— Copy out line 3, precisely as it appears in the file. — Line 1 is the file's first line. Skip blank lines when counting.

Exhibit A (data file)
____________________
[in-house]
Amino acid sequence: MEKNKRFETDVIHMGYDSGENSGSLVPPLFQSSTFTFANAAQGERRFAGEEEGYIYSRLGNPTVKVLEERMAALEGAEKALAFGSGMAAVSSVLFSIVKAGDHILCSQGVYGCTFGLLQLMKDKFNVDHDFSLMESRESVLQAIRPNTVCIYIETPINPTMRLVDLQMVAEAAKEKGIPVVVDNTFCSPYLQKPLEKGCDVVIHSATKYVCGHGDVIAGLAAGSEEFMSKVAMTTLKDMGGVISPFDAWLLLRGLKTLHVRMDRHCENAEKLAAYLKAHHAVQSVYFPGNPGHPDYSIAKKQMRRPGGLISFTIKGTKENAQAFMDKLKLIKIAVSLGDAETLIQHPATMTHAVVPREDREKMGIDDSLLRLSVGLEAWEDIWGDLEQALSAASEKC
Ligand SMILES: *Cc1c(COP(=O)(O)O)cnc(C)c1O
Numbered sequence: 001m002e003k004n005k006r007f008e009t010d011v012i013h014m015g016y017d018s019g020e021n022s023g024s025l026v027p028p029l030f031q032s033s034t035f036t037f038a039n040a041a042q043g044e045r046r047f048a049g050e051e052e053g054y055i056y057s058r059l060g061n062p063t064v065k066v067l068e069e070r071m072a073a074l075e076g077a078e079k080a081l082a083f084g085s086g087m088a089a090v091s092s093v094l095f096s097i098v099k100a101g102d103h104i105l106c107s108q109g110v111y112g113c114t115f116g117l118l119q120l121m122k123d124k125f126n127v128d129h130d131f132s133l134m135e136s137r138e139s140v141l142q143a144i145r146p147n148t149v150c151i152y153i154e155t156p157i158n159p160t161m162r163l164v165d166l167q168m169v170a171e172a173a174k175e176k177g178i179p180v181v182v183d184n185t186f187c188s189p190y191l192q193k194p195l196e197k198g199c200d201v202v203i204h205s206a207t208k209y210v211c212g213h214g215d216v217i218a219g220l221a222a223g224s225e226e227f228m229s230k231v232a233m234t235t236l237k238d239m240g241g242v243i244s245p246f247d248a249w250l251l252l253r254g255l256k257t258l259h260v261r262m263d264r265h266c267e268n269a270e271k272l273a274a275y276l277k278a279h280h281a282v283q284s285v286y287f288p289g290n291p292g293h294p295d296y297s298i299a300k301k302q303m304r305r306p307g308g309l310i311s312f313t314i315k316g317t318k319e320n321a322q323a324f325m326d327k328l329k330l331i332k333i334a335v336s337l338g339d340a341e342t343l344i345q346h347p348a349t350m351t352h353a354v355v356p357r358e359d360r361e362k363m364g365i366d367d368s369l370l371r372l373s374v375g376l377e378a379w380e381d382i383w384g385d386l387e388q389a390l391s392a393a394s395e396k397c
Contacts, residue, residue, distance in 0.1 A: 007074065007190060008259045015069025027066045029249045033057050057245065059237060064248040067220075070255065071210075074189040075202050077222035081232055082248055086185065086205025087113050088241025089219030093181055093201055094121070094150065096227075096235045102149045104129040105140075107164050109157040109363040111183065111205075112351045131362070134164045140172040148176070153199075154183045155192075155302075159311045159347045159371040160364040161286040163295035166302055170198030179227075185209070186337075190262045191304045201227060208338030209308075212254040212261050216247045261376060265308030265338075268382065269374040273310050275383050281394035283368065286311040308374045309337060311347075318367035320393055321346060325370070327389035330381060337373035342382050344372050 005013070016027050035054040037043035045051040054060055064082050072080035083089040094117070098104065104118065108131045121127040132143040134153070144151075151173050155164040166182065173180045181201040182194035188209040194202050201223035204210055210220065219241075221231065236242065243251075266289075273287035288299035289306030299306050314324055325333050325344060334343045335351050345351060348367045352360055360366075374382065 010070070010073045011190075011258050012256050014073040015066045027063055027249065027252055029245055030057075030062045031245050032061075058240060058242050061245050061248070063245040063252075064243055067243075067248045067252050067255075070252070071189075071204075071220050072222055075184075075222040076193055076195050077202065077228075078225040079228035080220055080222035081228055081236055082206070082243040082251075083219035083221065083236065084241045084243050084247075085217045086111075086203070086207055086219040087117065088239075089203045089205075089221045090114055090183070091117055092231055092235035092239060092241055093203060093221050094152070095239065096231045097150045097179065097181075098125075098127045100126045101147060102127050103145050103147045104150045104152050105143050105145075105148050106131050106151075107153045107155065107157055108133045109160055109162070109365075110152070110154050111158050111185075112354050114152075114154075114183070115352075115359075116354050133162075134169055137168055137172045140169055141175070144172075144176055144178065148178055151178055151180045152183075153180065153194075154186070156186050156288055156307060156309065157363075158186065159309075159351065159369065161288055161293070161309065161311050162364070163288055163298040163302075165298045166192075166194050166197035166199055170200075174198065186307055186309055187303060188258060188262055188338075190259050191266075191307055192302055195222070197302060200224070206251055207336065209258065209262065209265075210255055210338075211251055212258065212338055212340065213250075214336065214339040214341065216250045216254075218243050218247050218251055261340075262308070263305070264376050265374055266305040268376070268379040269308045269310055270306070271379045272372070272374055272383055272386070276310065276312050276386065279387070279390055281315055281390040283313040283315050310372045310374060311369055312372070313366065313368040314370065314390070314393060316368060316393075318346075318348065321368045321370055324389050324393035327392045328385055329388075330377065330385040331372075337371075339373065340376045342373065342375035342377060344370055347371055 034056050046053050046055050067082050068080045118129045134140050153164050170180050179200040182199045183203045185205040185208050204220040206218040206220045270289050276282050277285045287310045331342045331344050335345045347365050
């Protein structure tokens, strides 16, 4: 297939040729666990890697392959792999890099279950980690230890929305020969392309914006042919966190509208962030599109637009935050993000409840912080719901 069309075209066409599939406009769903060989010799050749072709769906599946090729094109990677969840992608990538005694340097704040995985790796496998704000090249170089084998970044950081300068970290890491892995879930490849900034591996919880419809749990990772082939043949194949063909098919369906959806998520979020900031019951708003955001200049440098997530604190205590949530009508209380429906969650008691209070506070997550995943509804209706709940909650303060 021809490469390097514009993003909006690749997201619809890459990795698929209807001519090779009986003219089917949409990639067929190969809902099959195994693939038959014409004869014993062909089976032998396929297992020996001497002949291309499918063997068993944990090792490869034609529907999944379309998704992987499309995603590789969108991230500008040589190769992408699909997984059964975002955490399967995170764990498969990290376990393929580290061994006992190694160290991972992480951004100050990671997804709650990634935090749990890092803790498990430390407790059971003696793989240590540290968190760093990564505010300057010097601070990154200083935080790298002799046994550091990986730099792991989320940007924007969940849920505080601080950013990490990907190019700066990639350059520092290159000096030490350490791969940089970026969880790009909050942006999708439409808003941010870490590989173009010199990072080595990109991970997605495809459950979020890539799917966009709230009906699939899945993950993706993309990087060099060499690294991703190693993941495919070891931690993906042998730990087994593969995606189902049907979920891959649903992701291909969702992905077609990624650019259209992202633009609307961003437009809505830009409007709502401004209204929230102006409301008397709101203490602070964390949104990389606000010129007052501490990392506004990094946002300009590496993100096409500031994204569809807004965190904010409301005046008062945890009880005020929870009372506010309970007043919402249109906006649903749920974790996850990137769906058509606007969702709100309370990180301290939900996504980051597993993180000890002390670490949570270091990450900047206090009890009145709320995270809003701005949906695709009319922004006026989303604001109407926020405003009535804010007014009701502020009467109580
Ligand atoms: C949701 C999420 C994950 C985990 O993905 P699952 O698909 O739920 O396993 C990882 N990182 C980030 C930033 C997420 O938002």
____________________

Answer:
Ligand SMILES: *Cc1c(COP(=O)(O)O)cnc(C)c1O